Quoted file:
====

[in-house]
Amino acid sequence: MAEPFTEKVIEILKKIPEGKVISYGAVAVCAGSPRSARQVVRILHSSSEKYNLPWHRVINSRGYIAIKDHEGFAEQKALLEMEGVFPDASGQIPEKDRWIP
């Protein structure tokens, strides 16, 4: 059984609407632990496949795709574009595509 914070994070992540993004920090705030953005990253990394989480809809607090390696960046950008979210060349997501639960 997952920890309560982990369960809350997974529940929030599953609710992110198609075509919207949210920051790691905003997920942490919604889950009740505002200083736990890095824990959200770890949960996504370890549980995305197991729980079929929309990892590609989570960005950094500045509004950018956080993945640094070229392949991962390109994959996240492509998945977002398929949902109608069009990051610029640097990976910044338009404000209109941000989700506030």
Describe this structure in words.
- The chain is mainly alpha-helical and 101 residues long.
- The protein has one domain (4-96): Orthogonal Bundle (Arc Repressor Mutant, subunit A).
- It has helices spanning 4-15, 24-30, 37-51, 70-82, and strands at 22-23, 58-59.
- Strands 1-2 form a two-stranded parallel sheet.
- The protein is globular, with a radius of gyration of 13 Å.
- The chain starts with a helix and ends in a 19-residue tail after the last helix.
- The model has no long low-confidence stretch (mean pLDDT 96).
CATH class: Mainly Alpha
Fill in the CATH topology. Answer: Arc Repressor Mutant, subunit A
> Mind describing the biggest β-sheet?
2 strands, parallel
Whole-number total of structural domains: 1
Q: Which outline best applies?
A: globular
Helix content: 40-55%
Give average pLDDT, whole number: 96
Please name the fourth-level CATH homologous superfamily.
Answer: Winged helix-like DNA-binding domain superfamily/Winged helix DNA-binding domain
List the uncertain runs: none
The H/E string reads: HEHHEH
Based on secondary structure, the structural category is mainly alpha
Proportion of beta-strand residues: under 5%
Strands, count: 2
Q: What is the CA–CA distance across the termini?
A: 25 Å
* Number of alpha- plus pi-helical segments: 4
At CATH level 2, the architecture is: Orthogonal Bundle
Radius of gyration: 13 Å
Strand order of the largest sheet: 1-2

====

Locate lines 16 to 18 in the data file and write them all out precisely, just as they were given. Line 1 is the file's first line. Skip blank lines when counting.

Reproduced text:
Whole-number total of structural domains: 1
Q: Which outline best applies?
A: globular